18 January, 2022

Nov. 28 | Join the Ranks of the Faithful

by | 22 November, 2021 | 0 comments

Unit: Hebrews (Part 3)
Theme: 
Faith
Lesson Text: 
Hebrews 11:1-6, 30-40; 12:1-3
Supplemental Text: 
Hebrews 11:7-29
Aim: 
Determine to put your faith into action.

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Download a PDF of this week’s lesson material (the Study by Mark Scott, Application by David Faust, and Discovery Questions by Michael C. Mack): LOOKOUT_Nov28_2021.

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By Mark Scott  

Sports figures look to former great athletes (like Michael Jordan) for inspiration. Doctors look to former medical personnel (like Alexander Fleming, who discovered penicillin) to build on their discoveries. Inventors look to former inventors (like Thomas Edison) for motivation to keep trying. Christians look to their faithful forebears to receive what has been promised by God.

The writer of Hebrews encouraged readers not to give up, to look to faithful examples, and to consider Jesus. Therein we can join the ranks of the faithful. Twila Paris sings, “Come and join the reapers, all the kingdom seekers . . . for the Lord is calling faithful men.”

The Faithful Understand Faith’s Description and Importance
Hebrews 11:1-6

Many people use Hebrews 11:1 as a definition for faith. After all, the word “is” is in the verse. But what kind of “is” is it? The word faith does not mean confidence (that which undergirds) and assurance (refutes adversaries). Perhaps the “is” is more descriptive than definitive. What follows in the chapter are certainly not definitions as much as examples. These examples are from the ancients (elders). They were commended (the Greek word is martureō, and it appears several times in this text).

One event and two people were immediately mentioned. The event was creation. The universe (age) was made by particles that cannot be seen. Faith is necessary to appreciate that. The two ancients were Abel (in contrast with Cain) and Enoch. Abel’s offering was better and spoken well of by God—evidently because it was offered in faith. Enoch walked with God and did not experience death (Genesis 4–5). Others mentioned in our lesson text include Noah, Abraham, Sarah, Isaac, Jacob/Esau, the sons of Joseph, Moses, and the people of the Exodus.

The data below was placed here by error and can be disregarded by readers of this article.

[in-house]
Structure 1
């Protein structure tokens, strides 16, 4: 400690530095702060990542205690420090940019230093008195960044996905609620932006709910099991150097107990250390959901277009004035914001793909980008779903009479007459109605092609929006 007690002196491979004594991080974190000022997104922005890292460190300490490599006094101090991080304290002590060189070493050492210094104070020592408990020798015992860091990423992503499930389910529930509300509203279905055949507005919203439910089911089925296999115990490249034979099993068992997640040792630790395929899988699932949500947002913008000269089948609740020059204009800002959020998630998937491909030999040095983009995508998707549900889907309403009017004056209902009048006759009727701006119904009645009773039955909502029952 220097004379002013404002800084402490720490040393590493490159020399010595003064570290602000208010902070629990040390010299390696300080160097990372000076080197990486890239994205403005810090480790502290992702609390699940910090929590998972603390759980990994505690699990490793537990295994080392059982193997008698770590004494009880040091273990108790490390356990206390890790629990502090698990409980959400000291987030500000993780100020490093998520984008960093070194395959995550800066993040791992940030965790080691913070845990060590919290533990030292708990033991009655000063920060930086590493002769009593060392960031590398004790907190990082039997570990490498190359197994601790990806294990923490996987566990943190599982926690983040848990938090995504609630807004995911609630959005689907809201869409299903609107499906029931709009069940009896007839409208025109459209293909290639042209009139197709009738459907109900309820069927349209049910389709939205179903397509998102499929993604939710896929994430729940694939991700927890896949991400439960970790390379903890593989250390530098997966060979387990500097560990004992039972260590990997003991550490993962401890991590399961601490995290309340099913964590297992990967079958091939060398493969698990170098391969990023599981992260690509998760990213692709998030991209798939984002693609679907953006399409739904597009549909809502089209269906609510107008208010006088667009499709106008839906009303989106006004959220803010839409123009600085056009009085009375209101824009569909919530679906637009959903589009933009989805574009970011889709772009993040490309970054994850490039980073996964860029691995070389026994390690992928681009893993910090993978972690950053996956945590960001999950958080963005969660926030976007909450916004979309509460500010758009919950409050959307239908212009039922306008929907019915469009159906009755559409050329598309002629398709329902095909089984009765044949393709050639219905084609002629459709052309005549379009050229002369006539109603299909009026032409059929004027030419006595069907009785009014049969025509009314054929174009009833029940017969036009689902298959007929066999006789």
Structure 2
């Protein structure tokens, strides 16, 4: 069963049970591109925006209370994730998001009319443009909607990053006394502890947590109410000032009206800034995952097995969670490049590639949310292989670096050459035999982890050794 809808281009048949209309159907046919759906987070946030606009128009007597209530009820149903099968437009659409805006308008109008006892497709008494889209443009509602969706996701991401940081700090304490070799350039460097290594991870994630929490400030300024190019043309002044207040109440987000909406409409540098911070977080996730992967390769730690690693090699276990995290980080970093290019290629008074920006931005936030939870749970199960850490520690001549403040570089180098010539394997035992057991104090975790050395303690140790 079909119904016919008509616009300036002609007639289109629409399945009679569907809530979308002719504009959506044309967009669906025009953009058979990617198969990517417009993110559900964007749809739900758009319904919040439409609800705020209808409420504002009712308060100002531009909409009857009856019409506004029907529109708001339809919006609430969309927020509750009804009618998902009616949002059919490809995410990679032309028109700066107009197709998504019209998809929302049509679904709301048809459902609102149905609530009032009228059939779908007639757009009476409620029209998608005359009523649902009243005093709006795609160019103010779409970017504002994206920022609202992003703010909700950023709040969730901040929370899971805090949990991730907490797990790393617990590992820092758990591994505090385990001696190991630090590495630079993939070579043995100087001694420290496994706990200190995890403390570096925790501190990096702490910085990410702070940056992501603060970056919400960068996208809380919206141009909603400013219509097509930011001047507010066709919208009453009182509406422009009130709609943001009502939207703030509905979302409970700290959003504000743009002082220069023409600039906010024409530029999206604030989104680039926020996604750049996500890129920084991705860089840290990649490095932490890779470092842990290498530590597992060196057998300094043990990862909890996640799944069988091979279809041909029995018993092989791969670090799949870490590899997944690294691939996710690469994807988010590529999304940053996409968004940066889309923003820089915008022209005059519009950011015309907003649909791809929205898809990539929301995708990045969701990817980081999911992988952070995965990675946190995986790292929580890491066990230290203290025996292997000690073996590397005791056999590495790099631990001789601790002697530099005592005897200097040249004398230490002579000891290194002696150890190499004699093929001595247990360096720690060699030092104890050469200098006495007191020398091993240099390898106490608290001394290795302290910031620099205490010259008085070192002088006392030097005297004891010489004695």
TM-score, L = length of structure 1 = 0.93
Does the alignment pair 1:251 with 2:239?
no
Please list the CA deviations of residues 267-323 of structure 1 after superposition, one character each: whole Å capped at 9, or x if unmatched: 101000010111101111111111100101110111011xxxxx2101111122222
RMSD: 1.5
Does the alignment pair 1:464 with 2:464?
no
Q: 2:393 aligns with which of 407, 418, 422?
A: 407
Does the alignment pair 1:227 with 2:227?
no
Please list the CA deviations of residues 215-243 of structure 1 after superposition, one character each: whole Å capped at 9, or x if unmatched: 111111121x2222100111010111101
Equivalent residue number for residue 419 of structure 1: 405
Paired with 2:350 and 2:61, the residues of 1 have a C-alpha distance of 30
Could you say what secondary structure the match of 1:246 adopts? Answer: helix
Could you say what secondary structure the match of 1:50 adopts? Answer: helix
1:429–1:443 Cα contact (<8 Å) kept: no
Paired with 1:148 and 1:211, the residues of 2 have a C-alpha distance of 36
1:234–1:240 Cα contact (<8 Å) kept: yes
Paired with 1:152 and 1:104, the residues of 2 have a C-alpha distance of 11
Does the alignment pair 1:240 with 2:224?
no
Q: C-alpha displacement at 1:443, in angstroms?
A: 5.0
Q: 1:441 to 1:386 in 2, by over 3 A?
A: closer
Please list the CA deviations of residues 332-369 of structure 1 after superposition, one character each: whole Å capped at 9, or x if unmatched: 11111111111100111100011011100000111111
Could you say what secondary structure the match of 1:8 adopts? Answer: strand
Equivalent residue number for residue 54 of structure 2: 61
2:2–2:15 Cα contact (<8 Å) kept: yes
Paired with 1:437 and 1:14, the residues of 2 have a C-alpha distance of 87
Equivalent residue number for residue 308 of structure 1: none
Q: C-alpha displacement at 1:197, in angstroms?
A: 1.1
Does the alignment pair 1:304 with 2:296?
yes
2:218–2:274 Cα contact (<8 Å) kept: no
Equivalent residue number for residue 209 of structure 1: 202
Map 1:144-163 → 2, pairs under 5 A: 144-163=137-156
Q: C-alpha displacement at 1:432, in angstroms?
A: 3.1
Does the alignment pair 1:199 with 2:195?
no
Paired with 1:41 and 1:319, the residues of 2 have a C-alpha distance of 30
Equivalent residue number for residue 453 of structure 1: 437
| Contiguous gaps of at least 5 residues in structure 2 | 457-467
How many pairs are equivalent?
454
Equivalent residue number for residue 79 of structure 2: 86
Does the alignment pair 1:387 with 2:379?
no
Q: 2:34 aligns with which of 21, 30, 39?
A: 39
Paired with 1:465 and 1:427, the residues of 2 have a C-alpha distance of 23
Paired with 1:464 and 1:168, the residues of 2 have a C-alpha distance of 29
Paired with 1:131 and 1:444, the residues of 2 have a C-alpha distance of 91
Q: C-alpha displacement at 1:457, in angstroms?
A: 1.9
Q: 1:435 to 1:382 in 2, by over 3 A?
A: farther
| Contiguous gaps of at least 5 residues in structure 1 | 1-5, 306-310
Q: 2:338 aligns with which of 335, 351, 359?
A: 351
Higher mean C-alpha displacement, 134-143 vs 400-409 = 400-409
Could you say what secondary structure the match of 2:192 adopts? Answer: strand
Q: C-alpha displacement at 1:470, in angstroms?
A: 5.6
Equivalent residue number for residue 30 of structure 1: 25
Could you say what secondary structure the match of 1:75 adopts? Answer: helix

The importance of faith is seen in Hebrews 11:6. Faith pleases God. The one who has it will believe that he exists and that he rewards people who search for him.

The Faithful Are Commended for Looking Forward
Hebrews 11:30-40

The writer’s list of the faithful continues. Some surprises are on the list. We learn of the people of the conquest (Joshua’s era). We learn of the judges—Gideon (who started well but ended with some arrogance), Barak (who needed lots of help from Deborah), Samson (who was something of a playboy but judged Israel for 20 years and must have done some good things), Jephthah (who was presumptuous with a vow), David, Samuel, and the prophets. The commended are reviewed with what we might call “compressed narratives.” They conquered kingdoms, administered (worked) justice, . . . shut the mouths of lions (Daniel 6), quenched the fury of the flames (Daniel 3), escaped the edge of the sword . . . and routed foreign armies. They were all examples of God turning weakness to strength.

The writer mentioned the good things the commended did as well as the things they endured. They endured death (some were raised from the dead—1 Kings 17:17-24; 2 Kings 4:18-37); they endured torture (as in the tightening of drum strings); they endured jeering, floggings, chains, prison, stoning, martyrdom, and many other heinous things. Indeed, the world was not worthy of them. But they were commended for their faith because they looked beyond the present. The implied message for the Hebrews was this: Why would you go back when you have what the ancients could only hope for?

The Faithful One
Hebrews 12:1-3

As the Epistle moved into the final applications, the writer offered one more look at Jesus. The supreme example of walking by faith was Jesus himself. The Hebrews should fix their eyes on him. He is the pioneer (Hebrews 2:10) and perfecter of faith. Just like the faithful before him, Jesus endured much (like the cross). In fact, he scorned (to think down) its shame. Jesus endured tons of flack, but he never lost heart.

Believers have cheerleaders from the past (a great cloud of witnesses—maybe the people mentioned in Hebrews 11) and a glorious Savior in the present. So, like a runner getting ready to run a race, the believer throws off anything that hinders—these could be good things or bad things. Today is the first Sunday of Advent. Put faith into action by looking to the Bethlehem baby.

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